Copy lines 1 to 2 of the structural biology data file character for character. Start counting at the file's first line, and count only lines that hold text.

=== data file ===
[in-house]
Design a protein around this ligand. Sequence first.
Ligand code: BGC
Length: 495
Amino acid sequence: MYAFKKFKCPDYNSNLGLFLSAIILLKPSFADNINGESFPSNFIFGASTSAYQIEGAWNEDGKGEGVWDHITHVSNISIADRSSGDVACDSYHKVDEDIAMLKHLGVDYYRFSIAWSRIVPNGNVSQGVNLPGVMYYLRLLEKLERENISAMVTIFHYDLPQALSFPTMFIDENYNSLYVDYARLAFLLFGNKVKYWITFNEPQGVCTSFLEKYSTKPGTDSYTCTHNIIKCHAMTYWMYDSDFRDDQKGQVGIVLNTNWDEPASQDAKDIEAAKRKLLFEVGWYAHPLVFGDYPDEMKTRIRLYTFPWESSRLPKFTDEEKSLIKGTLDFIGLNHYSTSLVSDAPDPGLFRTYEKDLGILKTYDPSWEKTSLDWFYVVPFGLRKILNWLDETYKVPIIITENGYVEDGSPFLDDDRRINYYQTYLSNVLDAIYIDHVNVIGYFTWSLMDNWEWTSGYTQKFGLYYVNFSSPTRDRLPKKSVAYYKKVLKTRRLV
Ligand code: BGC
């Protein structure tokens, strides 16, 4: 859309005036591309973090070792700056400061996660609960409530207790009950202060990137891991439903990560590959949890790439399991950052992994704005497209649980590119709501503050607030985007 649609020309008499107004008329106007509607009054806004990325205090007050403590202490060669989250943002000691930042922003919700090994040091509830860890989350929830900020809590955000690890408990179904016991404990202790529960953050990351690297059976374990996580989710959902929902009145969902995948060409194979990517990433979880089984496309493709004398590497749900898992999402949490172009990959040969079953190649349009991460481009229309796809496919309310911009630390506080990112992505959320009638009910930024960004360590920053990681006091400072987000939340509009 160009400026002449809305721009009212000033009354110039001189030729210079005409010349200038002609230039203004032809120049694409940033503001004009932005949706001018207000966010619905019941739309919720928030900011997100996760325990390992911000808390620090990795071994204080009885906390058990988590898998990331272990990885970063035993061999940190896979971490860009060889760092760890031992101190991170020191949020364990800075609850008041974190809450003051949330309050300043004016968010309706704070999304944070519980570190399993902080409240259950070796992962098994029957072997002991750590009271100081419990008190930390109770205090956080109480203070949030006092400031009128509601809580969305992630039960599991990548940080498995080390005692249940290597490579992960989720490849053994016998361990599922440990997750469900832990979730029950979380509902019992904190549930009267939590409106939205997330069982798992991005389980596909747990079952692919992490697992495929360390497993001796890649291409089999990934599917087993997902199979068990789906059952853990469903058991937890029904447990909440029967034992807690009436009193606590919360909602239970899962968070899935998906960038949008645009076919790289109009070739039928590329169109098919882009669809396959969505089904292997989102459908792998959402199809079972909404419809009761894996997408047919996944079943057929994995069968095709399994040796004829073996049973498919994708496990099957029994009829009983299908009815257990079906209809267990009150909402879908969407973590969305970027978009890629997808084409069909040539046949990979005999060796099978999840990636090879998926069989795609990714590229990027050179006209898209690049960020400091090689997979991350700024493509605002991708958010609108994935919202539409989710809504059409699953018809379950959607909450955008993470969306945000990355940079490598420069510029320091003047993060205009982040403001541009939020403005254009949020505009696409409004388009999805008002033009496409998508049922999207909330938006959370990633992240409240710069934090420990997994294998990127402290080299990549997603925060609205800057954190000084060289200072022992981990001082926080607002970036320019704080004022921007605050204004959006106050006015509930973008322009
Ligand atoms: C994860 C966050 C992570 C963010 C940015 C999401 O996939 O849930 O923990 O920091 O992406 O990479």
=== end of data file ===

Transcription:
[in-house]
Design a protein around this ligand. Sequence first.